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How Exercise Helps Reduce Stress

Published January 11, 2019 (Revised: December 11, 2019) Read Time: 5 minutes
Ben Kissam

Written By: Ben Kissam, BS

Ben has a B.S. in Movement and Sports Science and over 7 years Certified Personal Training Experience.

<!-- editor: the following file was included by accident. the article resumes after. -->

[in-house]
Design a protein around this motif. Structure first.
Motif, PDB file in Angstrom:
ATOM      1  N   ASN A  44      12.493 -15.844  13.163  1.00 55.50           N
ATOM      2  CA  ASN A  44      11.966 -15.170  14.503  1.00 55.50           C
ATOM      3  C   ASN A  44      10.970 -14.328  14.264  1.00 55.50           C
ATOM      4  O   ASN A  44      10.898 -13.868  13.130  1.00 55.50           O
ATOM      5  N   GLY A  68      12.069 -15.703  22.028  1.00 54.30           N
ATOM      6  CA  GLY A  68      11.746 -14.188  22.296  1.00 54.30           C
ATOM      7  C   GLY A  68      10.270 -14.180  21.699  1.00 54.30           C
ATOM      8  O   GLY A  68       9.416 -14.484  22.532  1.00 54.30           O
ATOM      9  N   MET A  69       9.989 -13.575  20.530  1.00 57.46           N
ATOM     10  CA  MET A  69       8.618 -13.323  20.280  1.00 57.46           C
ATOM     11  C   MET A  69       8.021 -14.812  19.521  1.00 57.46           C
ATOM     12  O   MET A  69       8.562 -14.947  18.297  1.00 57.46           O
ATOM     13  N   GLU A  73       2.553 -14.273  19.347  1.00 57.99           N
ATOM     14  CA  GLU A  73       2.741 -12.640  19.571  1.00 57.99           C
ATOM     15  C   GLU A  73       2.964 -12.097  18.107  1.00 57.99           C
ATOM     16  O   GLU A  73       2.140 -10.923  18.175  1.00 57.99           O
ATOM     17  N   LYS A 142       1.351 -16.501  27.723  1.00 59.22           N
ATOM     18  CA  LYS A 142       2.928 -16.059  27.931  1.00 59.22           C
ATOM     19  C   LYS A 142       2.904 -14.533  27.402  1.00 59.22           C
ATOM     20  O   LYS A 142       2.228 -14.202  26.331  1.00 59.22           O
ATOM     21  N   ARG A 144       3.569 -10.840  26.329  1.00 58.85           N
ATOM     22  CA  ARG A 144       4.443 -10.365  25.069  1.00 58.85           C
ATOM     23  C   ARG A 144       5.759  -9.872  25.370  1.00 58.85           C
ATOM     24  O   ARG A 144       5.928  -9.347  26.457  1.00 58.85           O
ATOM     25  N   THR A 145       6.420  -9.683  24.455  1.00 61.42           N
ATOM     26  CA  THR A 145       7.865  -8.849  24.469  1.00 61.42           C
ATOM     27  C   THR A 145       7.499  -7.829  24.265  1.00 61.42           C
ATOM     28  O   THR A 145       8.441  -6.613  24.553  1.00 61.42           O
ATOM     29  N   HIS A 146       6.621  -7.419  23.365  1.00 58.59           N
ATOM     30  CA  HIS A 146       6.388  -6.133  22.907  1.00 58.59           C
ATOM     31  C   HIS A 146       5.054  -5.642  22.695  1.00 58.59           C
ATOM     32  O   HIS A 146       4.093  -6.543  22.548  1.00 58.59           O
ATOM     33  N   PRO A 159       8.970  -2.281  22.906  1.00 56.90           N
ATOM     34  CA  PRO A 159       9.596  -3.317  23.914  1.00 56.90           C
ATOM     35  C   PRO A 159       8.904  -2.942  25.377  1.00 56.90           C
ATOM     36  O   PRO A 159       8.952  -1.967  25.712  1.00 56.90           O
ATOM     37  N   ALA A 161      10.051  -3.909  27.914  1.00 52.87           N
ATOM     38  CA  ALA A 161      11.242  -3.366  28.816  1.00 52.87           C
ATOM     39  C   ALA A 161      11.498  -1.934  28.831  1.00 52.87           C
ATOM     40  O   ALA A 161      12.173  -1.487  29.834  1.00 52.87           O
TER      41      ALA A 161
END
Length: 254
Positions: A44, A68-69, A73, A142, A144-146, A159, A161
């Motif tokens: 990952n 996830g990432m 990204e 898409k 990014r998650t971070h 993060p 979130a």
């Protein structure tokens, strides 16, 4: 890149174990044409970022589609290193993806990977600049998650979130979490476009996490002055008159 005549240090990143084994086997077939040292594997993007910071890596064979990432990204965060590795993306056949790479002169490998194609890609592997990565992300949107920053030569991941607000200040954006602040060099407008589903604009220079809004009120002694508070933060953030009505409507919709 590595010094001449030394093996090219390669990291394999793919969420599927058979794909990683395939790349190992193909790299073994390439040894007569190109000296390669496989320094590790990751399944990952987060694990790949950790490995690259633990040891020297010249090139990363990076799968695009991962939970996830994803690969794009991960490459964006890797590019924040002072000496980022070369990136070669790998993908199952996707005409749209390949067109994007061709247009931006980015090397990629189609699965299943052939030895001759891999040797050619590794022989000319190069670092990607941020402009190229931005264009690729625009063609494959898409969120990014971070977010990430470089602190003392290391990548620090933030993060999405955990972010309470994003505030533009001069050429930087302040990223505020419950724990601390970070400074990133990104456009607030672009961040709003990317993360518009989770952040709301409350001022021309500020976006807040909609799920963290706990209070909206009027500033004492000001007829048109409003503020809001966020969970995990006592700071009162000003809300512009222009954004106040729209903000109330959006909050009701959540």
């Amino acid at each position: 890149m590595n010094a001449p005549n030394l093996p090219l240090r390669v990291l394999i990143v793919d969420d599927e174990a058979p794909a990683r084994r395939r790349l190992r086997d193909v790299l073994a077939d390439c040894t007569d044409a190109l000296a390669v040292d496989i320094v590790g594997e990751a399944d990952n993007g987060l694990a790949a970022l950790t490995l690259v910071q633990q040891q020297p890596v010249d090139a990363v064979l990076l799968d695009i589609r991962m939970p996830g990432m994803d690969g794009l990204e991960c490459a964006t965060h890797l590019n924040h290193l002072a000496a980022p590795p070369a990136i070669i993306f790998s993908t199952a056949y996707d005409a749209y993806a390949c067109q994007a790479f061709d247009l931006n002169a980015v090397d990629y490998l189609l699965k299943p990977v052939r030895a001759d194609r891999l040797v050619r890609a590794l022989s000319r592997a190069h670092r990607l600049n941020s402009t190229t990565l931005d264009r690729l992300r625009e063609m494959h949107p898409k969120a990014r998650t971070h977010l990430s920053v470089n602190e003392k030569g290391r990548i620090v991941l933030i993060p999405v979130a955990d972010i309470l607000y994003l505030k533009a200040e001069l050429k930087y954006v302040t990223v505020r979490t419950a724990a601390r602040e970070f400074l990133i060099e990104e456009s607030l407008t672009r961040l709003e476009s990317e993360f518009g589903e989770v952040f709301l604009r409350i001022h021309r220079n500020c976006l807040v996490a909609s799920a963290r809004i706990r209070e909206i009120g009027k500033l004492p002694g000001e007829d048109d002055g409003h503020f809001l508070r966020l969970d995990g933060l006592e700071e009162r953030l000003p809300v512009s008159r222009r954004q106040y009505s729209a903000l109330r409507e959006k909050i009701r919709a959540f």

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<script type="application/ld+json"> { "@context":"http://schema.org", "@type":"BlogPosting", "author": { "@type": "Person", "name": "Ben Kissam, BS" }, "publisher": { "@type": "Organization", "name": "Warrior Made", "logo": { "@type": "ImageObject", "url": "https://www.warriormade.com", "image": "https://d1ghrtdbdq2gkr.cloudfront.net/media/public/2019/12/how-does-exercise-reduce-stress-thumbnail-0046.jpg" } }, "headline":"How Exercise Helps Reduce Stress", "datePublished":"2019-01-11", "dateModified": "2019-12-11", "description":"If you exercise regularly, you know it has a powerful effect on your mood. In fact, one of the main reasons some people workout is because they feel less stressed, and even happier, when they do.", "image": "https://d1ghrtdbdq2gkr.cloudfront.net/media/public/2019/12/how-does-exercise-reduce-stress-thumbnail-0046.jpg" } </script> <script type="application/ld+json"> { "@context": "https://schema.org", "@type": "FAQPage", "mainEntity": [{ "@type": "Question", "name": "How does exercise help deal with stress?", "acceptedAnswer": { "@type": "Answer", "text": "Physical activity helps reduce stress, anxiety, and depression by improving self-esteem and cognitive brain function.<br>Consider what the science says about exercise and stress:<br>A 2013 study from Frontiers in Psychiatry states that exercise improves brain function in several different capacities (mood enhancement, anxiety relief, and even brain cell regeneration). Not only that, but regular exercise reduces mortality rate by 30 percent. This suggests working out regularly leads to longer, healthier lives. <br>A 2012 study in the British Journal of Pharmacology called exercise a drug, referring to its ability to improve physical health, alter pain perception, reduce stress, and cure diseases. <br>Sports Medicine found that despite its broad definition (stress could mean life events, work struggles, family problems, and more), higher stress levels can actually cause you to work out less. This suggests the importance of having an established workout routine, as prolonged periods of inactivity may make it harder to start again.<br>How exactly does exercise alleviate stress? One way is the release of certain hormones like endorphins, which we'll discuss in the next section." } }, { "@type": "Question", "name": "How does exercise reduce anxiety?", "acceptedAnswer": { "@type": "Answer", "text": "Like stress, physical activity also has a positive effect on the disruptions in the brain that are thought to cause anxiety.<br>The causes of anxiety are varied, and new findings surface frequently. But many mood and anxiety disorders can be traced back to disruptions in your brain chemistry, such as:<br>A hormone (a chemical in your body that tells your nervous system to act a certain way) is out of balance.<br>A neurotransmitter (a substance at the end of nerves that passes signals to and from different parts of the brain) isn't firing properly.<br>Along with the physical benefits, exercise can help level out hormones and regulate neurotransmitters." } }, { "@type": "Question", "name": "What type of exercise is best for stress?", "acceptedAnswer": { "@type": "Answer", "text": "Any physical activity can be beneficial for managing stress. But here's a bit more on which types of exercise are best for certain situations.<br>High-intensity workouts: Doing a high-intensity interval (HIIT) workout, going for a run, or other forms of heart-healthy cardio help release built up energy. It also warms up the body and decreases stiffness in muscles. Plus, they're great for shedding excess body fat, which can increase confidence and self-image.<br>Yoga: Stretching during yoga helps relax muscles and improves joint range of motion. Many forms also emphasize meditation, body awareness, and breathing. <br>Walking: Low-intensity exercise is underrated for stress relief. Even a short walk helps increase blood flow to muscles, reduce blood pressure, and increase mental alertness." } }] } </script> <article> <div> <ul> <li><a href="#section1">How Does Exercise Help Deal With Stress?</a></li> <li><a href="#section2">Endorphins, Exercise, And Stress</a></li> <li><a href="#section3">How Does Exercise Reduce Anxiety?</a></li> <li><a href="#section4">What Type Of Exercise Is Best For Stress?</a></li> <li><a href="#section5">Breathing Exercises And Stress</a></li> <li><a href="#section6">How Exercise Helps Reduce Stress: Wrap Up</a></li> </ul> </div> <section> <p>If you exercise regularly, you know it has a powerful effect on your mood. In fact, one of the main reasons some people workout is because they feel less stressed, and even happier, when they do.</p> <p><i>But how does exercise reduce stress exactly?</i></p> <p>In a nutshell, exercise has numerous physical and psychological effects on your body. Our body responds to physical activity in a way that benefits our muscles, brain, and overall well-being.</p> <p>In this article, you'll learn how exercise helps reduce stress, how hormones play a role in anxiety, and how breathing helps you relax.</p> <picture class="lazy-load"> <source data-srcset="https://d1ghrtdbdq2gkr.cloudfront.net/blog-content/how-exercise-reduces-stress-0046.webp" type="image/webp"> <source data-srcset="https://d1ghrtdbdq2gkr.cloudfront.net/blog-content/how-exercise-reduces-stress-0046.jp2" type="image/jpf"> <source data-srcset="https://d1ghrtdbdq2gkr.cloudfront.net/blog-content/how-exercise-reduces-stress-0046.jpg"> <img src="https://d1ghrtdbdq2gkr.cloudfront.net/blog-content/how-exercise-reduces-stress-LR-0046.jpg" class="img-fluid" alt="how exercise reduces stress"> </picture> </section> <hr class="divider-50 divider-medium mx-auto"> <section id="section1"> <h2>How does exercise help deal with stress?</h2> <p>Physical activity helps reduce stress, anxiety, and depression by improving self-esteem and cognitive brain function.<sup><a target="_blank" href="https://www.ncbi.nlm.nih.gov/pmc/articles/PMC1470658/#i1523-5998-8-2-106-b2" rel="nofollow noreferrer">1</a></sup></p> <p>Consider what the science says about exercise and stress:</p> <ul> <li>A 2013 study from <a target="_blank" href="https://www.ncbi.nlm.nih.gov/pmc/articles/PMC3632802/" rel="nofollow noreferrer"><i>Frontiers in Psychiatry</i></a> states that exercise improves brain function in several different capacities (mood enhancement, anxiety relief, and even brain cell regeneration). Not only that, but regular exercise reduces mortality rate by 30 percent. This suggests working out regularly leads to longer, healthier lives. </li> <li>A 2012 study in the <a target="_blank" href="https://www.ncbi.nlm.nih.gov/pmc/articles/PMC3448908/" rel="nofollow noreferrer"><i>British Journal of Pharmacology</i></a> called exercise a "drug," referring to its ability to improve physical health, alter pain perception, reduce stress, and cure diseases. </li> <li><a target="_blank" href="https://www.ncbi.nlm.nih.gov/pmc/articles/PMC3894304/" rel="nofollow noreferrer"><i>Sports Medicine</i></a> found that despite its broad definition (stress could mean life events, work struggles, family problems, and more), higher stress levels can actually cause you to work out less. This suggests the importance of having an established workout routine, as prolonged periods of inactivity may make it harder to start again.</li> </ul> <p><i>How exactly does exercise alleviate stress</i>? One way is the release of certain hormones like endorphins, which we'll discuss in the next section.</p> </section> <hr class="divider-50 divider-medium mx-auto"> <section id="section2"> <h2>Endorphins, exercise, and stress</h2> <p>Endorphins are a group of hormones that boost your mood.<sup><a target="_blank" href="https://www.ncbi.nlm.nih.gov/pubmed/6091217" rel="nofollow noreferrer">2</a></sup> </p> <p>If you've ever felt amazing after a great workout, endorphins were likely part of the reason why. They are responsible for the term ‘runner's high,’ a sort of euphoria you experience after a challenging, satisfying bout of exercise.</p> <p>Studies show endorphins not only make you feel good, but also:</p> <ul> <li>Alter your perception of pain (making them a great tool for pain management<sup><a target="_blank" href="https://www.ncbi.nlm.nih.gov/pmc/articles/PMC3104618/" rel="nofollow noreferrer">3</a></sup></li> <li>Increase confidence</li> <li>Improve psychological strength and resilience<sup><a target="_blank" href="https://www.ncbi.nlm.nih.gov/pmc/articles/PMC4449495/" rel="nofollow noreferrer">4</a></sup></li> </ul> <p>Other feel-good hormones like dopamine and serotonin* are also elevated during exercise.<sup><a target="_blank" href="https://www.ncbi.nlm.nih.gov/pmc/articles/PMC4703784/" rel="nofollow noreferrer">5</a></sup>) </p> <p><i>*Dopamine helps reduce depression, while serotonin has several benefits like controlling appetite, improving mood, and boosting memory.<sup><a target="_blank" href="https://www.ncbi.nlm.nih.gov/pmc/articles/PMC5864293/" rel="nofollow noreferrer">6</a> <a target="_blank" href="https://www.ncbi.nlm.nih.gov/books/NBK535451/" rel="nofollow noreferrer">7</a></sup></i></p> <picture class="lazy-load"> <source data-srcset="https://d1ghrtdbdq2gkr.cloudfront.net/blog-content/exercise-reducing-anxiety-0046.webp" type="image/webp"> <source data-srcset="https://d1ghrtdbdq2gkr.cloudfront.net/blog-content/exercise-reducing-anxiety-0046.jp2" type="image/jpf"> <source data-srcset="https://d1ghrtdbdq2gkr.cloudfront.net/blog-content/exercise-reducing-anxiety-0046.jpg"> <img src="https://d1ghrtdbdq2gkr.cloudfront.net/blog-content/exercise-reducing-anxiety-LR-0046.jpg" class="img-fluid" alt="exercise reducing anxiety"> </picture> </section> <hr class="divider-50 divider-medium mx-auto"> <section id="section3"> <h2>How does exercise reduce anxiety?</h2> <p>Like stress, physical activity also has a positive effect on the disruptions in the brain that are thought to cause anxiety.</p> <p>The causes of anxiety are varied, and new findings surface frequently. But many mood and anxiety disorders can be traced back to disruptions in your brain chemistry, such as:<sup><a target="_blank" href="https://www.ncbi.nlm.nih.gov/pmc/articles/PMC3684250/" rel="nofollow noreferrer">8</a></sup></p> <ul> <li>A <strong>hormone</strong> (a chemical in your body that tells your nervous system to act a certain way) is out of balance.</li> <li>A <strong>neurotransmitter</strong> (a substance at the end of nerves that passes signals to and from different parts of the brain) isn't firing properly.</li> </ul> <p>Along with the physical benefits, exercise can help level out hormones and regulate neurotransmitters.<sup><a target="_blank" href="https://www.ncbi.nlm.nih.gov/pmc/articles/PMC4061837/" rel="nofollow noreferrer">9</a></sup></p> <picture class="lazy-load"> <source data-srcset="https://d1ghrtdbdq2gkr.cloudfront.net/blog-content/stress-reducing-exercises-0046.webp" type="image/webp"> <source data-srcset="https://d1ghrtdbdq2gkr.cloudfront.net/blog-content/stress-reducing-exercises-0046.jp2" type="image/jpf"> <source data-srcset="https://d1ghrtdbdq2gkr.cloudfront.net/blog-content/stress-reducing-exercises-0046.jpg"> <img src="https://d1ghrtdbdq2gkr.cloudfront.net/blog-content/stress-reducing-exercises-LR-0046.jpg" class="img-fluid" alt="stress reducing exercises"> </picture> </section> <hr class="divider-50 divider-medium mx-auto"> <section id="section4"> <h2>What type of exercise is best for stress?</h2> <p><i>Any</i> physical activity can be beneficial for managing stress. But here's a bit more on which types of exercise are best for certain situations.</p> <ul> <li><strong>High-intensity workouts</strong>: Doing a high-intensity interval (HIIT) workout, going for a run, or other forms of heart-healthy cardio help release built up energy. It also warms up the body and decreases stiffness in muscles.<sup><a target="_blank" href="https://www.ncbi.nlm.nih.gov/pubmed/9694408" rel="nofollow noreferrer">10</a></sup> Plus, they're great for shedding excess body fat, which can increase confidence and self-image.<sup><a target="_blank" href="https://www.ncbi.nlm.nih.gov/pmc/articles/PMC2991639/" rel="nofollow noreferrer">11</a> <a target="_blank" href="https://www.ncbi.nlm.nih.gov/pmc/articles/PMC3778571/" rel="nofollow noreferrer">12</a></sup></li> <li><strong>Yoga</strong>: Stretching during yoga helps relax muscles and improves joint range of motion. Many forms also emphasize meditation, body awareness, and breathing. See "Breathing exercises and stress" in the next section for more on how these help alleviate stress.</li> <li><strong><a target="_blank" href="https://www.warriormade.com/content/exercise/10-reasons-why-walking-is-the-best-exercise" rel="noreferrer">Walking</a></strong>: Low-intensity exercise is underrated for stress relief. Even a short walk helps increase blood flow to muscles, reduce blood pressure, and increase mental alertness.<sup><a target="_blank" href="https://www.ncbi.nlm.nih.gov/pubmed/28840638" rel="nofollow noreferrer">13</a></sup></li> </ul> </section> <hr class="divider-50 divider-medium mx-auto"> <section id="section5"> <h2>Breathing exercises and stress</h2> <p>If you'd like to place a greater emphasis on habits that reduce stress but don't have time to work out each day, doing some simple breath work can have a positive effect similar to exercise.<sup><a target="_blank" href="https://www.ncbi.nlm.nih.gov/pubmed/27995346" rel="nofollow noreferrer">14</a></sup>.</p> <p>Breathing, like working out, helps reduce tension in muscles and triggers other natural relaxation responses in the body.<sup><a target="_blank" href="https://www.ncbi.nlm.nih.gov/pmc/articles/PMC5455070/" rel="nofollow noreferrer">15</a></sup>.</p> <p>Belly breathing, where your inhale causes the diaphragm to expand rather than the chest, seems to be especially effective.<sup><a target="_blank" href="https://www.ncbi.nlm.nih.gov/pmc/articles/PMC5909014/" rel="nofollow noreferrer">16</a></sup>.</p> <p>Not coincidentally, belly breathing is used during certain exercises, such as hollow holds or <a target="_blank" href="https://www.warriormade.com/content/exercise/abdominal-bracing/" rel="noreferrer">abdominal bracing</a>. Diaphragmatic breathing isn't just good for relaxation, but also for strengthening the deep core muscles responsible for stabilizing your spine.<sup><a target="_blank" href="https://www.ncbi.nlm.nih.gov/pmc/articles/PMC5276765/" rel="nofollow noreferrer">17</a></sup>.</p> <p>You might also try progressive muscle relaxation, which is described below.</p> <h3>Progressive muscle relaxation</h3> <p>Proven to reduce anxiety, progressive muscle relaxation (PMR) combines physical effort and breathing.<sup><a target="_blank" href="https://www.ncbi.nlm.nih.gov/pmc/articles/PMC4397496/" rel="nofollow noreferrer">18</a></sup>. And it's quite simple to do.</p> <ul> <li>Lie on your back (in a bed or on the couch is fine).</li> <li>Take a few deep, controlled breaths through your diaphragm.</li> <li>Start by flexing all the muscles in your feet and ankles. Hold for 3 to 5 seconds, then release completely.</li> <li>Continue taking deep breaths through your belly.</li> <li>Slowly move your way up the body—to the calves, hamstrings and quads, your abs and lower back, and then finally, your chest, shoulders, and arms.</li> </ul> <p>You can use PMR after a workout, on rest days, or as a tool to reduce stress when you don't have time to exercise.</p> </section> <hr class="divider-50 divider-medium mx-auto"> <section id="section6"> <h2>How exercise helps reduce stress: wrap up</h2> <p>The physical benefits of exercise are well known, but the psychological benefits are just as plentiful. Working out helps reduce stress by reducing feel-good hormones, loosening up stiff muscles, balancing out chemicals in the brain, and increasing confidence.</p> <p>The science shows that regular exercise not only alleviates stress, but the opposite is true, too. Not working out increases stress, and all that built-up stress can make it hard to get into a regular fitness routine.</p> <p>And if you can't get to the gym, try doing some belly breathing or body awareness drills like progressive muscle relaxation.</p> <p>By now, the relationship between the mind, the physical body, and your psychological well-being is well established. Movement does the body—and brain—a whole lot of good.</p> </section> </article>